Held in conjunction with Ottawa's Winter Carnival Week at the city's Auditorium, the 1931 competition was organized under the auspices of the Minto Skating Club. In conjunction with the competition, on the second and third day the club presented their hugely popular 'Minto Follies' ice show. The theme for that year was "Aladdin And His Magic Lamp" and many of the competitors were playing double duty in both the show and competition in front of a capacity crowd of eight thousand people. Funds raised benefited "the crippled children's fund" and guest stars of that year's Minto Follies included the inimitable Eddie Shipstad and Oscar Johnson.
There were six judges in total for all phases of the competition: three from Canada and three from the U.S. Most notable on the panel was Theresa Weld Blanchard, who at that time was still actively competing. The organizing committee of the event included Douglas Henry Nelles and Melville Rogers of the Minto Skating Club, Sherwin Badger and Richard L. Hapgood. Interestingly, both Badger and Rogers played double duty as both officials and competitors in the event.
Judges at the 1931 North American Championships
Ice dance wasn't yet added to the bill of the event and wouldn't be officially until 1947 but in addition to men's, ladies and pairs skating competitions, an important part of the North American Championships was the friendly contest for the Connaught Trophy in fours skating, which was actually a two parter. According to Irving Brokaw's book "The Art Of Skating", fours teams going for the Connaught Trophy had to perform both compulsory figures "to be skated without music" and a free skating program where "each four shall skate five minutes free skating to music. They shall skate in unison, but not necessarily to center." The Connaught Trophy in 1931 was won by the Canadian team of Frances Claudet, Kathleen Lopdell, Melville Rogers and Guy Owen, who managed to keep the trophy in Canada despite Rogers' injury which kept him out of the men's event. In second were the Granite Club four of Cecil and Maude Smith, Stewart Reburn and Jack Eastwood and in third were the Toronto four of Mary Littlejohn, Elizabeth Fisher, Jack Hose and Hubert Sprott.
The pairs competition in 1931 was a bit of an upset. The gold medal went to the brother and sister team of Constance and Montgomery 'Bud' Wilson of Toronto and the silver to another Canadian team, Frances Claudet and Chauncey Bangs of Ottawa. The bronze went to U.S. Champions Beatrix Loughran and Sherwin Badger of New York City, who won the bronze medal AHEAD of the Wilson siblings at the previous year's World Championships. The Americans were the absolute favourites going in. Finishing off the podium were two promising teams representing the Granite Skating Club, Cecil Smith and Stewart Reburn and Maude Smith and Jack Eastwood. Claudet and Bangs' performance during the 1931 season actually caused a great deal of confusion with the judges as it gave the appearance more of an early free dance than a pairs program. According to Lynn Copley-Graves' veritable bible of ice dancing history "The Evolution Of Dance On Ice", Claudet and Bangs "never separated and had no highlights" (jumps, spins, lifts) and this really threw the judges for a tailspin.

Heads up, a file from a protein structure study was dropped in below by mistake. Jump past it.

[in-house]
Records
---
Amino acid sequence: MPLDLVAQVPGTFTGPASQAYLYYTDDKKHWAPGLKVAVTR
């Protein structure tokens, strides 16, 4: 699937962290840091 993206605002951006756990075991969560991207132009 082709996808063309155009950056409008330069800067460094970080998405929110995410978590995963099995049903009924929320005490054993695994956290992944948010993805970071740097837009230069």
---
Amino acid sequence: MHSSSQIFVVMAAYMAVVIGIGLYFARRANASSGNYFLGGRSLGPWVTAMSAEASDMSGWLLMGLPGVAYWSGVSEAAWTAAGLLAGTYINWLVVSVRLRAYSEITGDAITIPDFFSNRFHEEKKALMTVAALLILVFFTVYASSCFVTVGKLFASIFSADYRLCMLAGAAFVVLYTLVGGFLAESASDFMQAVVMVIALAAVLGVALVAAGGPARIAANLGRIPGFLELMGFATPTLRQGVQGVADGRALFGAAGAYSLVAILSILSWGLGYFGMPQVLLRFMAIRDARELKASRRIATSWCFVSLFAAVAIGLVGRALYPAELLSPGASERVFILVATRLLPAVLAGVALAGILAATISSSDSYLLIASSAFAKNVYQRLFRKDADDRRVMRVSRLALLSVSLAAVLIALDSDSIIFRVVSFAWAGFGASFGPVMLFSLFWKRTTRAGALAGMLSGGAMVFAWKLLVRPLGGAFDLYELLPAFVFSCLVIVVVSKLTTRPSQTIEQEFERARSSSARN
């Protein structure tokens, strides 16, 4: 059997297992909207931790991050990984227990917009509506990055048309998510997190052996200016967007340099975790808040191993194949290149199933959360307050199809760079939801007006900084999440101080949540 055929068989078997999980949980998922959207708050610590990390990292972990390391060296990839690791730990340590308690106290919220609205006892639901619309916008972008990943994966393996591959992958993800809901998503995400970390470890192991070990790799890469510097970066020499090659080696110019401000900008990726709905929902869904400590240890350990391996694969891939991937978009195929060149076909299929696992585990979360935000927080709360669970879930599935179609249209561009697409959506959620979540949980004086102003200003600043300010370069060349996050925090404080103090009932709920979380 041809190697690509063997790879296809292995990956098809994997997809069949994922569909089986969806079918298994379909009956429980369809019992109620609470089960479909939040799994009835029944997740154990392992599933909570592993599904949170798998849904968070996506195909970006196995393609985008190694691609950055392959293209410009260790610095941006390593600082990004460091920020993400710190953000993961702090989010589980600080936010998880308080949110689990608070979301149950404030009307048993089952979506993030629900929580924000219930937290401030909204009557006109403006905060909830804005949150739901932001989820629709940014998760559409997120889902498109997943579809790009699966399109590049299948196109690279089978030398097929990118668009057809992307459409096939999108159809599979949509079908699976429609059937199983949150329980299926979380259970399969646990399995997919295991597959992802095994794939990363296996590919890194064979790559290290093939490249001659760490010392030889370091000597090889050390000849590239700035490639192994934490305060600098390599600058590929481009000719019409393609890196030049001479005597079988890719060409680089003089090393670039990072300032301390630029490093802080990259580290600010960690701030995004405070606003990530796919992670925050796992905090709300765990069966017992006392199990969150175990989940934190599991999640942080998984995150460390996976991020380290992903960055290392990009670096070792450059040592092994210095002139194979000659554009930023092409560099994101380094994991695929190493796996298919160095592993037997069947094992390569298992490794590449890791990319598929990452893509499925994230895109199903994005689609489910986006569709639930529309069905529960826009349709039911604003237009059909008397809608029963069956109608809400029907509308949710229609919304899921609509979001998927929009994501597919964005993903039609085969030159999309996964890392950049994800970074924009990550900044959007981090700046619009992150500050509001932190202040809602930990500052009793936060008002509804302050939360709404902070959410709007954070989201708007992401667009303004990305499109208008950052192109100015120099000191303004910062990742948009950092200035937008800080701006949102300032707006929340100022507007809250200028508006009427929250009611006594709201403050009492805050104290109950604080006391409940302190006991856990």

Adding to her gold medal in the pairs event, Constance Wilson of the Toronto Skating Club handily took home the ladies title as well, finishing ahead of clubmate Elizabeth Fisher and Edith Secord, originally from Ottawa but representing New York in this event. Missing the podium was Minneapolis' Margaret Bennett.
Among the men, the favourite heading into the event was Bud Wilson, who had finished fourth in the men's event at the 1930 World Championships in New York City. He faced quite a fight from U.S. Junior Champion Gail Borden of New York City, who had finished sixth at the 1930 World Championships. Borden was known as quite an athletic skater. The "Ottawa Citizen" raved that the American's "rendition of the various jumps is about the best to be seen on the continent." Ultimately, Wilson made it a clean sweep in all four disciplines for Canada, decisively taking the gold medal. Borden was third and another skater from New York, James Lester Madden, claimed the silver medal. Finishing fourth was Lewis Elkin of the Winnipeg Winter Club. On Wilson's win, The February 6, 1931 edition of the "Montreal Gazette" noted, "In addition to performing his compulsory school figures with great precision, he gave a beautiful exhibition of free skating."
Video of Constance Wilson and a Canadian four skating in the early thirties
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